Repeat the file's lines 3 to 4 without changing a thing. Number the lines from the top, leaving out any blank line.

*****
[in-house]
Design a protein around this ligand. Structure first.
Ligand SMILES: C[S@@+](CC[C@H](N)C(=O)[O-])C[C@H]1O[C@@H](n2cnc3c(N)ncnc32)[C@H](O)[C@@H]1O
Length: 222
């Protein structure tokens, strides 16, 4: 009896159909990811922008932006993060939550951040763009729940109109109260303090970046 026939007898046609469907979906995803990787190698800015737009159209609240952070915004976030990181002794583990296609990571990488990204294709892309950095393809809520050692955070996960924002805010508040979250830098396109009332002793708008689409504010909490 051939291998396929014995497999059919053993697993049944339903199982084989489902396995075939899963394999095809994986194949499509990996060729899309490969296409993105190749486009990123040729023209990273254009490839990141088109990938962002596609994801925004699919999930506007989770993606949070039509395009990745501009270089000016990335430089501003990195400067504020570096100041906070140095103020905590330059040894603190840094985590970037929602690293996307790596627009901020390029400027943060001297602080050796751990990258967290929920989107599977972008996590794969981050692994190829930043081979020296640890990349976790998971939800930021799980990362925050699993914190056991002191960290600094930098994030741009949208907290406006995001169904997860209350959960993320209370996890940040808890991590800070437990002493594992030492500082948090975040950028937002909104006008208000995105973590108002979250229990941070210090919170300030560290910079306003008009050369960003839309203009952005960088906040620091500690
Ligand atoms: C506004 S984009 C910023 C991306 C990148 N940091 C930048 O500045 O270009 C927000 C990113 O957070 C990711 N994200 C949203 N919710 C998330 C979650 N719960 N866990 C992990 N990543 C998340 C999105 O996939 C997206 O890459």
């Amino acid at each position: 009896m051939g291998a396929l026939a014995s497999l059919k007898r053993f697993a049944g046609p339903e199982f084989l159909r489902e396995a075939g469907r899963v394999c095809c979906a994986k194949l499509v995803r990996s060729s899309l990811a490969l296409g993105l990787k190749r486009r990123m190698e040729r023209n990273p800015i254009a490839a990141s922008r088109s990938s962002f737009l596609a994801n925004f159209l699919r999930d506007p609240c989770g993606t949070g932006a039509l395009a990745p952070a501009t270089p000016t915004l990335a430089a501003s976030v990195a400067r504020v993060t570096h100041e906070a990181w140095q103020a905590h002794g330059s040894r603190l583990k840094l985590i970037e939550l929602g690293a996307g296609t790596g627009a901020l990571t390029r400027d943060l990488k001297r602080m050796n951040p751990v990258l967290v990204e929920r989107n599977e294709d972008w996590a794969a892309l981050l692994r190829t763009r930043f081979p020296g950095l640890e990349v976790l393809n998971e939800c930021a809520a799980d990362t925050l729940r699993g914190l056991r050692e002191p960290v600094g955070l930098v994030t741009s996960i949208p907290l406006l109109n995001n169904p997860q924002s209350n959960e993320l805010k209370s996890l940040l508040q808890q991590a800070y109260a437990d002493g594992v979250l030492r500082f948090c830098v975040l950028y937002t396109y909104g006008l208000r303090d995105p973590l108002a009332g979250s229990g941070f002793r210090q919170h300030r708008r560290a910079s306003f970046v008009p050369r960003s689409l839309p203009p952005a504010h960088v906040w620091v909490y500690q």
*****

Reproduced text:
Ligand SMILES: C[S@@+](CC[C@H](N)C(=O)[O-])C[C@H]1O[C@@H](n2cnc3c(N)ncnc32)[C@H](O)[C@@H]1O
Length: 222